Art in the Atrium celebrates Civil Rights struggle with Morristown exhibition, Jan. 24

Ife East’s 'Untitled,' from the 2014 Art in the Atrium exhibition.
Ife East’s 'Untitled,' from the 2014 Art in the Atrium exhibition.

By Carrie Stetler

Art in the Atrium’s 22nd annual exhibition, which has its opening reception on Jan. 24, 2014, in Morristown, will include the work of more than 25 black artists to commemorate the 50th anniversary of the Civil Rights Act.

The title of the exhibition, which runs through March 14 at the Morris County Administration & Records Building, is Your Crown has Been Bought and Paid For…, a quote from African-American author James Baldwin. The second line is …All you have to do is wear it.

“The theme celebrates the struggles we’ve been through and the efforts of civil rights workers,’’ says Victoria Craig, director of administration for Art in the Atrium.

The opening reception will runs from 5 p.m. to 9 p.m. at the county administration building on Court Street.

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The exhibition’s featured artist will be James Denmark of South Carolina, whose acclaimed works of collage and watercolor will be on display. Denmark will also speak at the reception.

Other artists, most from New Jersey, include Leroy Campbell, Maceo Mitchell, Bisa Butler, Janet Taylor Pickett, Sandra Smith, Dwight Carter and Alonzo Adams.

Art in the Atrium’s annual exhibition, which showcases the work of African American artists, is the largest of its kind in New Jersey.

Art in the Atrium is back for its 22nd year of celebrating African-American artists.
James Denmark’s ‘Sheer Elegance’ is among works displayed at Art in the Atrium, back for its 22nd year of celebrating African-American artists.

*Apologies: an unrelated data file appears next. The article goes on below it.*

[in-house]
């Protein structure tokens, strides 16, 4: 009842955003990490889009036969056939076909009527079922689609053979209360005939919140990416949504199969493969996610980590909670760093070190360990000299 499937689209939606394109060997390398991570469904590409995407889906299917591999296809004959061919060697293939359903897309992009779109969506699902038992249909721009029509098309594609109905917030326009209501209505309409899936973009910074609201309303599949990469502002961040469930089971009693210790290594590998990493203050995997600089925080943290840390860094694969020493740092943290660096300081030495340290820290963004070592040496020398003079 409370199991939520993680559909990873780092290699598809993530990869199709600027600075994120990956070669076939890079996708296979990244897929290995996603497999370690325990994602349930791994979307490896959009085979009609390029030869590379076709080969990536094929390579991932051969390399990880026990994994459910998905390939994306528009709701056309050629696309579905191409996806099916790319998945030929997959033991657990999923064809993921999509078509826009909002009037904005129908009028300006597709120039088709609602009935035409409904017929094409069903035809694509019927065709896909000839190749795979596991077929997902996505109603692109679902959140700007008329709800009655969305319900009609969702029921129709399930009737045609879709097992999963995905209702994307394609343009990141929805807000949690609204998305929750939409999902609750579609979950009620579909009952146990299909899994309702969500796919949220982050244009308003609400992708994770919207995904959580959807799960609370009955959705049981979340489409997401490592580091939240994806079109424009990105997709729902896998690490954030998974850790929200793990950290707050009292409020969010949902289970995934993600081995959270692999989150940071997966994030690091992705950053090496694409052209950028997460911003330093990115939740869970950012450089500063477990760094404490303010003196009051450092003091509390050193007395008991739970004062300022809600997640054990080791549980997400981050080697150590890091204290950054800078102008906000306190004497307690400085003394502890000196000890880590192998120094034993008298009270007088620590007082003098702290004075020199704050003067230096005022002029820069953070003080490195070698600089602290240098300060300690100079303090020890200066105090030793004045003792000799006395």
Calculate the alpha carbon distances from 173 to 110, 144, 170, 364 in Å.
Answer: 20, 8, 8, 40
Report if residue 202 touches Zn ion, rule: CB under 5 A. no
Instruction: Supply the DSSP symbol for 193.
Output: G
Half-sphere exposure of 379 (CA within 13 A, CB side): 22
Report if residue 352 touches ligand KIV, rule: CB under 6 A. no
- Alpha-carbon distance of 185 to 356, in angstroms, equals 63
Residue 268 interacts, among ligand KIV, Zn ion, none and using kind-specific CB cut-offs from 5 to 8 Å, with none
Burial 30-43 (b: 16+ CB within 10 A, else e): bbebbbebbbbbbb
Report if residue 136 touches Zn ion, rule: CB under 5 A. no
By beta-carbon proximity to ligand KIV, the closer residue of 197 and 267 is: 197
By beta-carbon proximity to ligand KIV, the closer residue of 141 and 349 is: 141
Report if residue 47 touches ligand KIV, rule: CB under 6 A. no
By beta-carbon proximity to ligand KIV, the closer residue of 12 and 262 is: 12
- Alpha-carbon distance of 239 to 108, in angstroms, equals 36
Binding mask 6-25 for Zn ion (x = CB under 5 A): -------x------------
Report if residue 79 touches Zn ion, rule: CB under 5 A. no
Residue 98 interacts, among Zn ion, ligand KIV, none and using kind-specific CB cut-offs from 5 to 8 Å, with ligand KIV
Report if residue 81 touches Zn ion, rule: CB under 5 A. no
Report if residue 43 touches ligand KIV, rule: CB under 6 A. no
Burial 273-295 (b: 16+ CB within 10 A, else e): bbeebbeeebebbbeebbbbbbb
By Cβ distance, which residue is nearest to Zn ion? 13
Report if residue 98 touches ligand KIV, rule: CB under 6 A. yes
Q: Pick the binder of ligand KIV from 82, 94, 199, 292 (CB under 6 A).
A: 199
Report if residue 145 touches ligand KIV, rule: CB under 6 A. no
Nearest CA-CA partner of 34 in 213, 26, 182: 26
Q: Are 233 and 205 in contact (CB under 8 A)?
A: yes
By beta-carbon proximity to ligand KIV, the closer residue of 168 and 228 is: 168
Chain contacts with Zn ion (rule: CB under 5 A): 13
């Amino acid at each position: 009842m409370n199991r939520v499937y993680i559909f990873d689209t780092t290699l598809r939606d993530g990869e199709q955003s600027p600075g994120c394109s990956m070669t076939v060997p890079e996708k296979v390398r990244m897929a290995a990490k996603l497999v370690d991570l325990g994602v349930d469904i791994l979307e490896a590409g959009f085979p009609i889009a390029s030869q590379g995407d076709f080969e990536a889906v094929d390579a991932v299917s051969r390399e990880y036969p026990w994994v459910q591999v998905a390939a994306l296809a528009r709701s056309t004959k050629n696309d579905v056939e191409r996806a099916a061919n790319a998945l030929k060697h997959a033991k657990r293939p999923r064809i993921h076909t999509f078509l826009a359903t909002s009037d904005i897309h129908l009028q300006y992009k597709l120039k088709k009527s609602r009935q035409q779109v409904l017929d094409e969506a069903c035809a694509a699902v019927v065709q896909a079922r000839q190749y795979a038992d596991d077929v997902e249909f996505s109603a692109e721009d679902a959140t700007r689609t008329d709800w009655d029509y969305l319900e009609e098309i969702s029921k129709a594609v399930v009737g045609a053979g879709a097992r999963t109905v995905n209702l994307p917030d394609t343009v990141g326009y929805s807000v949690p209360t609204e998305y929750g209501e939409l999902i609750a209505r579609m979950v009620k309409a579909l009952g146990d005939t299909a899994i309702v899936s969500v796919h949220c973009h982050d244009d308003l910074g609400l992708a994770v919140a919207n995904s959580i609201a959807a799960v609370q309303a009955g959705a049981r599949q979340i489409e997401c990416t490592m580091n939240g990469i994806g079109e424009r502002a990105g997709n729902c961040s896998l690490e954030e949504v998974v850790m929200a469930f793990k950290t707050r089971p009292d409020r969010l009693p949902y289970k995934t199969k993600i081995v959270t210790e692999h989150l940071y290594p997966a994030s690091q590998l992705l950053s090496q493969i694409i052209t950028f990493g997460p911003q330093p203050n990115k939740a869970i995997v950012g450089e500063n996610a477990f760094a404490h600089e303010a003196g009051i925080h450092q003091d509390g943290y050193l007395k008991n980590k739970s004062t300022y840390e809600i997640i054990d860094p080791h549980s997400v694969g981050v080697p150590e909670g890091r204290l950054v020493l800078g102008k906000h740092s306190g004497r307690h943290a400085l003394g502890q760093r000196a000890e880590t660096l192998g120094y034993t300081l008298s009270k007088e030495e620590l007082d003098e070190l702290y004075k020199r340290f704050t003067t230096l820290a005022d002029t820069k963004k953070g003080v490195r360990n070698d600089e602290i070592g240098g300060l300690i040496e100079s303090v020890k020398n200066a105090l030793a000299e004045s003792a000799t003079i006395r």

“It really helps to expand people’s idea of what African American art can be,’’ says Craig. “We have works in all mediums and genres. It’s not just figurative paintings with a mask in them.’’

The non-profit organization began in 1992 after Craig’s husband, attorney Charles Craig, noticed that none of the art work exhibited in the Morristown administration building was by African American artists.

Art in the Atrium was formed to mount an exhibition of black artists and has expanded to include other events such as seminars, jazz brunches and collectors’ workshops.

The first exhibition was held on the second floor, but now, art work is displayed throughout the building.

In addition to its other programs, Art in the Atrium co-sponsors artist residencies in the Morris School District that benefit between 200 and 500 students each year. It also awards an annual scholarship to a student artist

This year’s show features the work of Andre Woolery, a Morristown High School graduate, who was named one of 40 African-American Artists to Watch in 2014 by the MSNBC website,, which features news for African-Americans. Newark artist Jerry Gant, who is also on theGrio’s list, will be exhibiting, too.

This article was submitted on behalf of Art in the Atrium. The public is invited to Friday’s reception. There will be a free buffet and free parking, in a garage below the building. Enter on Schuyler Place and take the elevator from the garage to 5th floor.


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